Sleep duration and its role in the aetiology of cardio-metabolic health outcomes
|Other Titles:||Schlafdauer und ihre Rolle in der Ätiologie kardio-metabolischer Gesundheitsendpunkte||Authors:||Hense, Sabrina||Supervisor:||Ahrens, Wolfgang||1. Expert:||Ahrens, Wolfgang||2. Expert:||Barba, Gianvincenzo||Abstract:||
An adequate amount of sleep is believed to be important for optimal health and functioning throughout life and changes in sleep duration were found to be associated with several especially cardio-metabolic - health outcomes in adults as well as in children. The factors that influence sleep duration are multi-factorial and the interplay between sleep duration and other factors in the aetiology of cardio-metabolic outcomes is complex and not fully understood yet. Internationally comparable data from children aged 2 to 9 years participating in the IDEFICS study has been analysed to investigate on differences in and determinants of sleep duration as well as on the association between sleep duration and overweight in children. Systematic reviews give an insight in the literature on the longitudinal relationship between sleep duration and weight status in children and adults on the one hand, and on the epidemiological evidence regarding sleep duration and cardiovascular mortality on the other hand. A meta-analysis has been conducted to quantify the dose dependency of the association between sleep duration and cardiovascular mortality. Nocturnal sleep duration differed significantly (P < 0.001) by up to 1.7 hours between countries in univariate as well as in multivariate analysis. Disparities between Northern, Southern and Eastern Europe were striking, with children from Northern countries sleeping the longest. The factor that was found to mainly affect children s sleep duration was country affiliation. Age also had a significant effect in all models, but accounted for less change in sleep duration than country. No association was found with behavioral aspects or environmental factors, such as season or daylight. A negative association of sleep duration with a higher probability of being overweight was revealed. This relationship was attenuated by an adjustment for geographic region, whereas no effect modification by region was found. Generally the association appeared to be much stronger in school children than in preschool children. The relationship between sleep duration and weight status can not only be seen in children but also in adults even if the results are less consistent with increasing age. The meta-analysis showed a clear dose-effect relationship of sleep duration on cardiovascular mortality. For stroke and cardiovascular diseases in general (CVD) the association could mainly be seen with sleep durations of more than 7.5 hours and the direction of the relationship seemed to be similar in men and in women. For coronary heart disease (CHD)the effects of sleep duration were generally stronger, but differed between sexes, with short sleep duration being associated with CHD to a higher extent in men than in women. In contrast, long sleep duration seemed to increase the risk in women, while no significant effect was seen in men. In conclusion we suggested a twofold effect of sleep duration on cardiovascular outcomes: directly and indirectly via the effect of overweight. Furthermore, investigation on sleep duration as a tracking risk factor for cardio-metabolic outcomes as well as internationally comparable studies to give insight in regional aspects of sleep duration was proposed. Such research might create the basis for specific and appropriate public health actions with regard to sleep induced cardio-metabolic conditions.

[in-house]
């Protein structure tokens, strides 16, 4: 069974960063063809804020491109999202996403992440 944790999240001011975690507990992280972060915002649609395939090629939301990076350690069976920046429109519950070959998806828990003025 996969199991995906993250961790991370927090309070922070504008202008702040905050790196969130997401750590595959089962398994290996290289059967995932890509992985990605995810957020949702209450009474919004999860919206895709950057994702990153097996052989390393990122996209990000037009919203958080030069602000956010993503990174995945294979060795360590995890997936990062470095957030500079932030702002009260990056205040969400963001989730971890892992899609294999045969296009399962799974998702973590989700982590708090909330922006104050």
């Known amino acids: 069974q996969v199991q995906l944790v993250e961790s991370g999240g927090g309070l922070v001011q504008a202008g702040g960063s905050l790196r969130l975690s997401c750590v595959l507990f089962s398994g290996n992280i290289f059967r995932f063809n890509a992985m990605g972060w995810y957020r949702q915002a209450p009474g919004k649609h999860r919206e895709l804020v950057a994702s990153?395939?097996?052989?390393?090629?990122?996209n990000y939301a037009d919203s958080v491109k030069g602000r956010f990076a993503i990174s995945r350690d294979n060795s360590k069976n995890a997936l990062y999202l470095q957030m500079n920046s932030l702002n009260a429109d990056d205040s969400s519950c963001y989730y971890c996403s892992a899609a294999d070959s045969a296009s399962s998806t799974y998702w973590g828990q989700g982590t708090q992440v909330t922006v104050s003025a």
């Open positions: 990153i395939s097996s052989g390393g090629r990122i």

|Keywords:||sleep duration, overweight, cardiovascular, children, adults, epidemiology||Issue Date:||16-Nov-2011||URN:||urn:nbn:de:gbv:46-00102203-12||Institution:||Universität Bremen||Faculty:||FB3 Mathematik/Informatik|
|Appears in Collections:||Dissertationen|
checked on Sep 28, 2020
checked on Sep 28, 2020
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